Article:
Sometimes I wonder if the design industry—and particularly the digital space—has over-complicated things.
There are all these flavours of design practice: service design, customer experience design, user experience design, content design, product design. They probably have more commonalities than differences and the fact that we need to explain them to each other is worrying!
And this list grows and morphs year after year. In the last few years, we’ve seen the advent of the product designer within digital teams. More recently I’ve seen a growth designer pop up. That’s surely not the last new discipline beating its drum. The ultimate goal of each of these disciplines is the same — to satisfy a user's need or goal and to drive the organisation forward. The difference is often around focus and remit.
In the digital space, we talk a lot about products rather than services. Many organisations have product teams with product owners supported by product designers working on fulfilling their product strategy by progressing through their product backlog. This, in my opinion, might limit our remit and do us an injustice. It’s something I’ve written about previously where I highlight that products are often vehicles for service provision.
Whether you are designing a ‘product’ or a ‘service’ it’s vital that everyone comes together to ensure that it works across both of its service dimensions.
There are two critical dimensions to a service; end to end and front to back.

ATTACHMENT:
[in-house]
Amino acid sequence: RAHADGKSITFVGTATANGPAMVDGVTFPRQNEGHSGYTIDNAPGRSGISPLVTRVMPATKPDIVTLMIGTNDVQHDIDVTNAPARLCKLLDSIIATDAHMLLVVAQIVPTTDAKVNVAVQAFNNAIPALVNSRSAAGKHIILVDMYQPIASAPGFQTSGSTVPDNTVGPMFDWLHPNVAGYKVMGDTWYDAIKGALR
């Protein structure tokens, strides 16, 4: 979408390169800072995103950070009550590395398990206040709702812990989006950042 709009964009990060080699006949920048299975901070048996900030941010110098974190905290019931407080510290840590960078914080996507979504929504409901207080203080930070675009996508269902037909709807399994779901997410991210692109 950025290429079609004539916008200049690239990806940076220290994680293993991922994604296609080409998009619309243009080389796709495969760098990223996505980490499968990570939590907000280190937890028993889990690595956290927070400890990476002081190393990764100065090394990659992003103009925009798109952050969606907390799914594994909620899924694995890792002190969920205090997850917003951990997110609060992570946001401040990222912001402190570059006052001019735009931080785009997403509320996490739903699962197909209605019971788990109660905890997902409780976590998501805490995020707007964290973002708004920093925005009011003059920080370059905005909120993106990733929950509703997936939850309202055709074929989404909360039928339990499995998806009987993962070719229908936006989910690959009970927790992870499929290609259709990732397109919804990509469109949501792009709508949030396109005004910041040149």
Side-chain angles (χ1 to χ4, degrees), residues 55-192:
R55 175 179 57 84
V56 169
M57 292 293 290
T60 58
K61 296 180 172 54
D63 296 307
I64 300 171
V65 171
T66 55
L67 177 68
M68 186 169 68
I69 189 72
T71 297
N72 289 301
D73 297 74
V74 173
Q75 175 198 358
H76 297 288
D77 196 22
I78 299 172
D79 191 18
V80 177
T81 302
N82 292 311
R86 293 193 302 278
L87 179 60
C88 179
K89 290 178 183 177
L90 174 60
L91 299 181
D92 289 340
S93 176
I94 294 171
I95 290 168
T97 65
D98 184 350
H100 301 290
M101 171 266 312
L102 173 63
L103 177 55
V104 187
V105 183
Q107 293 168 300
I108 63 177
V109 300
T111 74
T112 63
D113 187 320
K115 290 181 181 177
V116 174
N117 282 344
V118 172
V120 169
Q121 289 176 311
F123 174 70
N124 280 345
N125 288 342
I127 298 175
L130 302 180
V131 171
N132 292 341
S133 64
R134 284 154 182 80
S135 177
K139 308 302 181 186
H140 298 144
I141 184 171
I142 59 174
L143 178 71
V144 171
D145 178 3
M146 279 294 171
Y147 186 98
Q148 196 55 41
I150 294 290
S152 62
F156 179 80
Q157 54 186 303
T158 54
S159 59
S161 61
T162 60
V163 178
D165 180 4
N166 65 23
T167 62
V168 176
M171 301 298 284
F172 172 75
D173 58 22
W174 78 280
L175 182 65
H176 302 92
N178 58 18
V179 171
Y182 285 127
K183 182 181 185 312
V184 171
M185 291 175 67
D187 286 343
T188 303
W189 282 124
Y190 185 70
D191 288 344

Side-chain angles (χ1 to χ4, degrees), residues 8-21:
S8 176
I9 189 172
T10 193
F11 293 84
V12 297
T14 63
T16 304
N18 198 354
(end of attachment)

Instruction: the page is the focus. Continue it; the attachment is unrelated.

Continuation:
From end to end - All services comprise multiple moments that enable a user or customer to achieve their goals. The key to creating a compelling user experience is understanding the relationships between these moments digital and non-digital and designing across and between these moments.
From front to back - The concept of the front-stage and back-stage experience is well defined within the service design world. You can’t create exceptional service experience without looking at the process that delivers it.
In today’s world, the only logical approach is to start with the customer-facing service and its experience and then work inwards, engineering the optimal organisation to support the service. The role of the service organisation in the backstage is to support the service effectively, with its shape and structure built and adapted to suit. All too often the back-stage processes are overlooked, with new services built on top of dysfunctional organisations. But when back-stage organisational problems exist, they have front-stage consequences: poor service, customer frustration, and inconsistent channels. Streamlining back-stage processes is critical.
As a designer, regardless of your remit you are in a unique position to push against these dimensions, to not only ensure that all touchpoints are well connected but also to shape the service organisation that supports them.
When designing a specific moment, it’s absolutely critical not to lose sight of where this moment sits within the broader service:
We did just that at Clearleft on a recent project with Brighton and Hove City Council. We were helping a department called Cityclean who are responsible for rubbish, recycling and street cleaning in the city.
Initially, we were asked to look at the form that citizens use to report issues such as graffiti, fly-tipping and broken glass. There was a feeling in the council that the form was difficult to use and that it was putting people off. They weren’t wrong. But by asking the right probing questions, we began to identify a much bigger service opportunity that we really enjoyed tackling:
So when you are designing anything, no matter how small or how broad, consider all dimensions. Even if you don’t initially have the remit, push to the outer edges by asking probing questions around context. Then quickly build momentum by visualising the opportunity and making it real.
Good luck everyone in pushing those dimensions.